Question on capacitor working

Discussion in 'The Projects Forum' started by prana, May 13, 2011.

  1. prana

    Thread Starter New Member

    May 13, 2011
    3
    1
    Hi Guys,

    Am trying to develop a circuit where am trying to get an approximate idea of distance by capacitive sensing. I have seen few products where a sensor ring (completely of steel) acts as a capacitor plate and its distance from a steel plate surface is tracked. There is no electrical connection to the steel plate. However, my question is how can just a single ring act as a capacitor. A capacitor can be formed only when 2 plates with a dielectric in between is given an AC vltg. Just not able to understand.
     
  2. strantor

    AAC Fanatic!

    Oct 3, 2010
    4,302
    1,988
    Welocome,
    have a read of this attachment
     
  3. bertus

    Administrator

    Apr 5, 2008
    15,638
    2,344
    Hello,

    This page of the EDUCYPEDIA will give you several links on Capacitive sensors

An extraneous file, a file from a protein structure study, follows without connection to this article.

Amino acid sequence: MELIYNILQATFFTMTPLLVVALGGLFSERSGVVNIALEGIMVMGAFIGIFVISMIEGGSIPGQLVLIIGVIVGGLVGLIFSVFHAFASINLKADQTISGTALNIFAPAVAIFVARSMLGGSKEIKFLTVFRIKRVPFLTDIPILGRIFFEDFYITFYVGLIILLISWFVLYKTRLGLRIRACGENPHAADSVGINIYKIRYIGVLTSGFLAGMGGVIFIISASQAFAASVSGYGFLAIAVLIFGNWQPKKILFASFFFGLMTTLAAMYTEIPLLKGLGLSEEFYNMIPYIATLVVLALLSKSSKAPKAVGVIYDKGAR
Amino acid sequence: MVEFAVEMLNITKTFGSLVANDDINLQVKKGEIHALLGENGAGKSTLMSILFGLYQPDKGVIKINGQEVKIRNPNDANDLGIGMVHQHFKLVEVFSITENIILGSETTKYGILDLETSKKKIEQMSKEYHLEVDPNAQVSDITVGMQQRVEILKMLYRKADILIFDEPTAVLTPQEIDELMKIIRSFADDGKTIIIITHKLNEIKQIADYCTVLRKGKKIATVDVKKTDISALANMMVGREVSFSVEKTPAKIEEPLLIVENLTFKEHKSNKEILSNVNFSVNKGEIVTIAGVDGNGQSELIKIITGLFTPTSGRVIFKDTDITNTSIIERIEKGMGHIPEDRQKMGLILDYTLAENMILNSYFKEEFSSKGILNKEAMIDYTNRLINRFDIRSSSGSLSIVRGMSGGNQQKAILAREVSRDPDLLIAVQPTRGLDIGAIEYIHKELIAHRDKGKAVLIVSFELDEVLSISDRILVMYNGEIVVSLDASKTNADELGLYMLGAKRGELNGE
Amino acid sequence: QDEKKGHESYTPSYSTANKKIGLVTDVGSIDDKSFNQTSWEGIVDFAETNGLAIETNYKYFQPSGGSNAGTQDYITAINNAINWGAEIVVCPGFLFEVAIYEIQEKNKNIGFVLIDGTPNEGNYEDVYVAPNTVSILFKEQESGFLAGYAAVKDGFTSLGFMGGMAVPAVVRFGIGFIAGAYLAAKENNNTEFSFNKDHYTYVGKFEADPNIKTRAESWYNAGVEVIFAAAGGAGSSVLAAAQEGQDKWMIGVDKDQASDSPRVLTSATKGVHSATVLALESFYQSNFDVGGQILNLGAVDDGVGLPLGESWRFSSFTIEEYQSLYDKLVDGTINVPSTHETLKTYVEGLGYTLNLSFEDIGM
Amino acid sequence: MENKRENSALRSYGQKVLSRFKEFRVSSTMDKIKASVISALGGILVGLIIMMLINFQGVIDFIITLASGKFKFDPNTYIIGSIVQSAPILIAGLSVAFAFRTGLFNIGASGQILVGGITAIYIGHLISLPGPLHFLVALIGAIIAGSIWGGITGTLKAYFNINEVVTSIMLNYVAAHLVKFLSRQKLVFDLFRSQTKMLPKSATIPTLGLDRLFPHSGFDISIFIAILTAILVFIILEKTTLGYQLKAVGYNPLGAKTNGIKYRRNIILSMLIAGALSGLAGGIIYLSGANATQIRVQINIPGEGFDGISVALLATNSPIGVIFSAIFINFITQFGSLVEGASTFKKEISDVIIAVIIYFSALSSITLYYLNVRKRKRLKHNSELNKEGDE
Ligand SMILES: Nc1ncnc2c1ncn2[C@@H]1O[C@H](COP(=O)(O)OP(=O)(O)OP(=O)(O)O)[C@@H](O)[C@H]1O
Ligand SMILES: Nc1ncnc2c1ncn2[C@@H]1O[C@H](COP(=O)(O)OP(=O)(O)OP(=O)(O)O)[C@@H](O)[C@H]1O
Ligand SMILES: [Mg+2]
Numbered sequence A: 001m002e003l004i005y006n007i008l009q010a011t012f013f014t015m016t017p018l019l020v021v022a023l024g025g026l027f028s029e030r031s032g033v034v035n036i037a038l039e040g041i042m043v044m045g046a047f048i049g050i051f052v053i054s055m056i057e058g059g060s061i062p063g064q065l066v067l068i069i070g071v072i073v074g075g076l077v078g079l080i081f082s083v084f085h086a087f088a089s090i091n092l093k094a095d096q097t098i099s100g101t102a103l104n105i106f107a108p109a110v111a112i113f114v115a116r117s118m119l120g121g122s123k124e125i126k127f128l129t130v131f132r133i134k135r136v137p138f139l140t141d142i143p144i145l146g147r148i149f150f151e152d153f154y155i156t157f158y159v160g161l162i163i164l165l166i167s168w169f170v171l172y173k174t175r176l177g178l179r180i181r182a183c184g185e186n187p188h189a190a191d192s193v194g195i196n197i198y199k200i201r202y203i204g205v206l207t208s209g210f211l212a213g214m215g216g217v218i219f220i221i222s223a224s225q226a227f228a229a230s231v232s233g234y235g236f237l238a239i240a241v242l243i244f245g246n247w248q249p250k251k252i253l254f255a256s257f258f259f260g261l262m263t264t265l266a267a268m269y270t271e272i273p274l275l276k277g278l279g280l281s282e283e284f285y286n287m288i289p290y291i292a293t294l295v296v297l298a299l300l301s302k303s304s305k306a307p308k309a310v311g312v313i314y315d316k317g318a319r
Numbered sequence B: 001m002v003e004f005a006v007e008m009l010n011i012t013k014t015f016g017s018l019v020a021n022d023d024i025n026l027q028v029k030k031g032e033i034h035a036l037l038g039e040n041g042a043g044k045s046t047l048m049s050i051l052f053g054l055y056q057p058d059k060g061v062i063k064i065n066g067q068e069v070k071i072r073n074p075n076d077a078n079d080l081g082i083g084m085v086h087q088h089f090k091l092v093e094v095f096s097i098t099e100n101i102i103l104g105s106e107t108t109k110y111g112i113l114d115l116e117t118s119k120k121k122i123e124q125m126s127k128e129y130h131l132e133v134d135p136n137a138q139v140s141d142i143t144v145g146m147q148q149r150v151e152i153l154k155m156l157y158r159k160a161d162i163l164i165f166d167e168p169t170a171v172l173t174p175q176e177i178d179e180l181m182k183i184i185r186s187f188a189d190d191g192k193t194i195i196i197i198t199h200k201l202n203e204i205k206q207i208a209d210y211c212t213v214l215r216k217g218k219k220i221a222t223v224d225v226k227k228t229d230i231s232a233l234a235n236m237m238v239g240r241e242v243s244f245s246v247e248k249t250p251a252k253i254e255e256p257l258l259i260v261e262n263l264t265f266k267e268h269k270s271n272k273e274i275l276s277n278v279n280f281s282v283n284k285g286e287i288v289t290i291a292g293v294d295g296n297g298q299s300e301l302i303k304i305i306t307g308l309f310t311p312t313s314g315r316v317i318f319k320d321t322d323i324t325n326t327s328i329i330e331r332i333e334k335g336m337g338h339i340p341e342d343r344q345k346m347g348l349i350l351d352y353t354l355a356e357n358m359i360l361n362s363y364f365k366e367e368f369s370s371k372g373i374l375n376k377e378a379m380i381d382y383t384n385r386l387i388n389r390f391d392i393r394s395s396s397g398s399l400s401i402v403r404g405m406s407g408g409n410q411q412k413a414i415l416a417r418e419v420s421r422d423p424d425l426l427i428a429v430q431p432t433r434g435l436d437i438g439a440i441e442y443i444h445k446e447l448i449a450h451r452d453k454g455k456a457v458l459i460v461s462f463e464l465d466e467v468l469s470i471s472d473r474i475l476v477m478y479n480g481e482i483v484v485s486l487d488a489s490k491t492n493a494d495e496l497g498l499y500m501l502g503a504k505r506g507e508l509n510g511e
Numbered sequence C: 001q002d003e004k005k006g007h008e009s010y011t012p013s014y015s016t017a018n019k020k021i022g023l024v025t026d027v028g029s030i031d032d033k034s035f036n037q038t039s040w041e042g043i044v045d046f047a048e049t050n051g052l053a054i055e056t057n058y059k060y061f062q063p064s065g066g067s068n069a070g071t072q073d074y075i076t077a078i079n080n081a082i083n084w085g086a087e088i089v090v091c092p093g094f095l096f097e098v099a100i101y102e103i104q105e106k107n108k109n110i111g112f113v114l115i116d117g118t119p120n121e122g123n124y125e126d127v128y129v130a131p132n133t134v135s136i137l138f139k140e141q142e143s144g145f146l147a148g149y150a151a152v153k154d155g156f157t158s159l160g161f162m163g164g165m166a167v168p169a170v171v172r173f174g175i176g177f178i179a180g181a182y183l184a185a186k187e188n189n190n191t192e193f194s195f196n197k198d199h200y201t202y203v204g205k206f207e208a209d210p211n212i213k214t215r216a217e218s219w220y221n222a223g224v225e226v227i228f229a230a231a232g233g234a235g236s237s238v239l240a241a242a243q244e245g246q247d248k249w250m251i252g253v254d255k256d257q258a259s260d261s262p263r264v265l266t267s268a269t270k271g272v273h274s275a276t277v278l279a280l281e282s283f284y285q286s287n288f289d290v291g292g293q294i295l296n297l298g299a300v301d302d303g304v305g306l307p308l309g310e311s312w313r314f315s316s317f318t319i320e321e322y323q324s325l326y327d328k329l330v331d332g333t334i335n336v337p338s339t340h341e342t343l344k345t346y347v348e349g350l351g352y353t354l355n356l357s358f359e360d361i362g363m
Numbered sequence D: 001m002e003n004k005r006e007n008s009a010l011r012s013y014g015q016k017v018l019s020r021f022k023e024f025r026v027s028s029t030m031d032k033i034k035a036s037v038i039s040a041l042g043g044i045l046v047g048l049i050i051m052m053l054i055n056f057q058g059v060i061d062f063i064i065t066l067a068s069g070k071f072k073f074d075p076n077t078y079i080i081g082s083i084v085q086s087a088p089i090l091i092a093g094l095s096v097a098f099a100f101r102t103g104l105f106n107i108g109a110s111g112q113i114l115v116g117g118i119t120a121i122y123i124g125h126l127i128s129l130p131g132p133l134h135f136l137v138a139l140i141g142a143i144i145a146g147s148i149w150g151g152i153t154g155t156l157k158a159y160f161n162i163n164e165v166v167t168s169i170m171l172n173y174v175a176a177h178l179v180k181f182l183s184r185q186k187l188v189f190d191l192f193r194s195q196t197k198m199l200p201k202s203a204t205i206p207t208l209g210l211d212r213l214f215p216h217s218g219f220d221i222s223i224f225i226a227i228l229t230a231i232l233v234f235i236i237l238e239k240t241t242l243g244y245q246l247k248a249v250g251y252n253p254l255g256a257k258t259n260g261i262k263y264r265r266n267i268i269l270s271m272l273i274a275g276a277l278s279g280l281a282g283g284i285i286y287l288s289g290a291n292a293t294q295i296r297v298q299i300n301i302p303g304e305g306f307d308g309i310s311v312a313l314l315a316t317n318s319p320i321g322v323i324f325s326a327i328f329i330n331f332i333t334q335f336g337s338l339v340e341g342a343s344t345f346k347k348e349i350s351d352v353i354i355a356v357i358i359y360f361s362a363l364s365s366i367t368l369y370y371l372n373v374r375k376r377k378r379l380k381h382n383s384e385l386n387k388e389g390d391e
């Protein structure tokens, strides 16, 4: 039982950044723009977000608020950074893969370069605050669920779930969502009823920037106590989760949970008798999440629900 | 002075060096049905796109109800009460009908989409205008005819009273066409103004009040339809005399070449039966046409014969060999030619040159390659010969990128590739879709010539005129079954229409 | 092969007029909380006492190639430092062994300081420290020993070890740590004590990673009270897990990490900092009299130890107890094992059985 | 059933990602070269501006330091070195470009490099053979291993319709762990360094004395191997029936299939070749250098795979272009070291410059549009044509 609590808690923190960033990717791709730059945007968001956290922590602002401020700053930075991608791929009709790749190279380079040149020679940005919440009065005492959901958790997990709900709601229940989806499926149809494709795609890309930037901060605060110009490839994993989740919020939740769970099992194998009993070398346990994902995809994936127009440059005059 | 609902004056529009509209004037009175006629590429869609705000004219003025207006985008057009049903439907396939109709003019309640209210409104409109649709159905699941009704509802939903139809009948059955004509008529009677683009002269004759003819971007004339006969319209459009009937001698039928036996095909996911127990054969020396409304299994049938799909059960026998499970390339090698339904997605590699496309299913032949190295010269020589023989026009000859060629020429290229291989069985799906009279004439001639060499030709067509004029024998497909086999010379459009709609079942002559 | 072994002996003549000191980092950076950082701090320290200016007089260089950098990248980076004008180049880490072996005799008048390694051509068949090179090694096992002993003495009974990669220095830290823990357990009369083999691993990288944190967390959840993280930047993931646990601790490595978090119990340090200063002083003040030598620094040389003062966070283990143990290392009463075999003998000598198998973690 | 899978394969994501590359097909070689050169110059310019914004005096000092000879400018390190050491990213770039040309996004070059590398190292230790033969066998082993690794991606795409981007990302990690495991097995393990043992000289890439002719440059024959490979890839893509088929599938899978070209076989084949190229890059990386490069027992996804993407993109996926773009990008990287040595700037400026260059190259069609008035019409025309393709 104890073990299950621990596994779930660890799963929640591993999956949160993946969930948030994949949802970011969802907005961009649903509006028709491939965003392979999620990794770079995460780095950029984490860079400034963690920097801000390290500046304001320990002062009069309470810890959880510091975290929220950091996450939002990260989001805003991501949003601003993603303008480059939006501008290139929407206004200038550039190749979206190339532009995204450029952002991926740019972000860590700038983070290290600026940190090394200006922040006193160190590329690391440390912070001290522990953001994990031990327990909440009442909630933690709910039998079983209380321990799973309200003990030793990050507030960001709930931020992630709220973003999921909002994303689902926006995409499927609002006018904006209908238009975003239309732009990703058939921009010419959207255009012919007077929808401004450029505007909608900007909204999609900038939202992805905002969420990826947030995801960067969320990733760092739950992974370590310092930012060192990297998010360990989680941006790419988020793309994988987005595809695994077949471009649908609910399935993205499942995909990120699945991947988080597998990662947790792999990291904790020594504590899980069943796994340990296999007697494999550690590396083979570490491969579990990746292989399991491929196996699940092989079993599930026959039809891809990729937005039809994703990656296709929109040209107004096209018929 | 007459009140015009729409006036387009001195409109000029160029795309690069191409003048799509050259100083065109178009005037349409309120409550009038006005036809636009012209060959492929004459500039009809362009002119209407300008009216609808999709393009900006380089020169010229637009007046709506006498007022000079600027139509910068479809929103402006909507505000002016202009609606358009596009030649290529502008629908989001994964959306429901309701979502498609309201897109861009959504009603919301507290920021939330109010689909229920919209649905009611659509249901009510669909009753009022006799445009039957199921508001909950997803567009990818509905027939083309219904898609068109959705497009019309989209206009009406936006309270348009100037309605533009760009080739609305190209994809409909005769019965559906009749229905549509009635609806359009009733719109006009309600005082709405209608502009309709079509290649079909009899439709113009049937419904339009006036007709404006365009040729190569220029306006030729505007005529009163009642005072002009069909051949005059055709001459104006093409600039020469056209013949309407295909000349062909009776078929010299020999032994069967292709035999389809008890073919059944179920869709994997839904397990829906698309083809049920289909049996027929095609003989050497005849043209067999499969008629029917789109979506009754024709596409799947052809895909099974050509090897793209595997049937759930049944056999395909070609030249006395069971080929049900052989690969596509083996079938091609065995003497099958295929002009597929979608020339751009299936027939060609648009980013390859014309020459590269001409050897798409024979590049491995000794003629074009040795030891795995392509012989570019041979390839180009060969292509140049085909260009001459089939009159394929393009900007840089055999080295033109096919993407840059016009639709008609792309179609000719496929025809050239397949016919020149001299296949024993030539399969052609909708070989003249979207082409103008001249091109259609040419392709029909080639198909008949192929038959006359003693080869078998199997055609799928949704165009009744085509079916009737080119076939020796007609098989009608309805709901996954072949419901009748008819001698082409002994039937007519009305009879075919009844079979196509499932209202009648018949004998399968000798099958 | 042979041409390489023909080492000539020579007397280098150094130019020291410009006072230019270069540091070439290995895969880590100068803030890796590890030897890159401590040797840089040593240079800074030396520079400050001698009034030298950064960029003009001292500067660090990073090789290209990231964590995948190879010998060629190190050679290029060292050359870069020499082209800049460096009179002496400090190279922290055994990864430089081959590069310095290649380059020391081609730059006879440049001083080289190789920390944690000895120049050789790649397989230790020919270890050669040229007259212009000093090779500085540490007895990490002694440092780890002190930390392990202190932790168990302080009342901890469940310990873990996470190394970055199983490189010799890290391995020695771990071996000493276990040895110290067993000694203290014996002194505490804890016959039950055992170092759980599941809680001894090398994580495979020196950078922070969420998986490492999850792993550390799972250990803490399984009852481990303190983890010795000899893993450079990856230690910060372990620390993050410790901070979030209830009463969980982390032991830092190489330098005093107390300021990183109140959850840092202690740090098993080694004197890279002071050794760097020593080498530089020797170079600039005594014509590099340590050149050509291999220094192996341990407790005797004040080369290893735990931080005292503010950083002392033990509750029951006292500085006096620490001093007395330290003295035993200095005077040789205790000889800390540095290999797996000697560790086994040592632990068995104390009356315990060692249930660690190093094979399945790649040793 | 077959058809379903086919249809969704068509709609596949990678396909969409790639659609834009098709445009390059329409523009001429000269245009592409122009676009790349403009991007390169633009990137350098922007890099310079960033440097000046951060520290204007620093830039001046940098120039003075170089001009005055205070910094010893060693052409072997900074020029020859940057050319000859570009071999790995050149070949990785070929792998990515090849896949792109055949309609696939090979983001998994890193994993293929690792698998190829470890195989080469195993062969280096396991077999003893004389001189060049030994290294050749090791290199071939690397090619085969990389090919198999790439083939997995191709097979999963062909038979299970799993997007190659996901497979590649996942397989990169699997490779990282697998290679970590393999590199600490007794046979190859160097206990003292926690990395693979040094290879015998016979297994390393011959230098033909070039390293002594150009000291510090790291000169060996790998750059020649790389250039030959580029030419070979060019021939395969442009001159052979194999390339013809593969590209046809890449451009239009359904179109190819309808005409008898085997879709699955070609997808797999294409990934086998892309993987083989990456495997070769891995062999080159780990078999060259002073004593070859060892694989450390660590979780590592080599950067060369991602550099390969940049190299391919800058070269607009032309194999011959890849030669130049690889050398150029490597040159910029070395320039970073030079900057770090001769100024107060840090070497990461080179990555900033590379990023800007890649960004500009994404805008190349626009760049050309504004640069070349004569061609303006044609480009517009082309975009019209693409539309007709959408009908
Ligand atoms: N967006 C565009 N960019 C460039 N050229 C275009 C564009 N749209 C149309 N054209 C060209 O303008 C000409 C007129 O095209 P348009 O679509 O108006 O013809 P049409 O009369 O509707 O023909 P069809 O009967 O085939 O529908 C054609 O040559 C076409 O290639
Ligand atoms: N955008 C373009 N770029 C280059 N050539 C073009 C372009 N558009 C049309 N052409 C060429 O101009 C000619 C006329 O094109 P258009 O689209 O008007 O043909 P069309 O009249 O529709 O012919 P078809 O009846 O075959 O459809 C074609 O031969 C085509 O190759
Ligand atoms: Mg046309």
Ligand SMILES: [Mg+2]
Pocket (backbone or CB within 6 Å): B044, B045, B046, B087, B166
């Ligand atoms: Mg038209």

Bertus
     
  4. prana

    Thread Starter New Member

    May 13, 2011
    3
    1
    Not too useful guys :(
     
    strantor likes this.
  5. jerseyguy1996

    Active Member

    Feb 2, 2008
    206
    9
    I'm not sure if this is too simplistic for you but I learned a lot about implementing a capacitive proximity sensor by watching this:

    http://www.youtube.com/user/nerdkits#p/u/7/euv8ZLgPh8A

    I built my own which uses a slightly different software implementation here:

    http://www.youtube.com/user/jg1996business?feature=mhee#p/a/u/0/zbBPf3Xncdw

    Regarding your comment above, is it possible that the steel plate shares a common ground with the circuit in which case I don't think it would need a wire connection?
     
  6. prana

    Thread Starter New Member

    May 13, 2011
    3
    1
    No the system works even if i put my hand under the ring (due to the conductive nature of human skin) .. so dont think a separate ground is required.
     
  7. strantor

    AAC Fanatic!

    Oct 3, 2010
    4,302
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    Its not due to the conductive nature of human skin. Capacitive sensors work when the electric field is broken by anything, even plastic. I just set one up yesterday that looks through a piece of plexiglass to determine the presence of plastic pellets on the other side. This is possible by adjusting the sensitivity of it, so that the electric field is just strong enough to make it through the plexiglass. This is all outlined in the unuseful PDF I posted.
     
    Last edited: May 14, 2011
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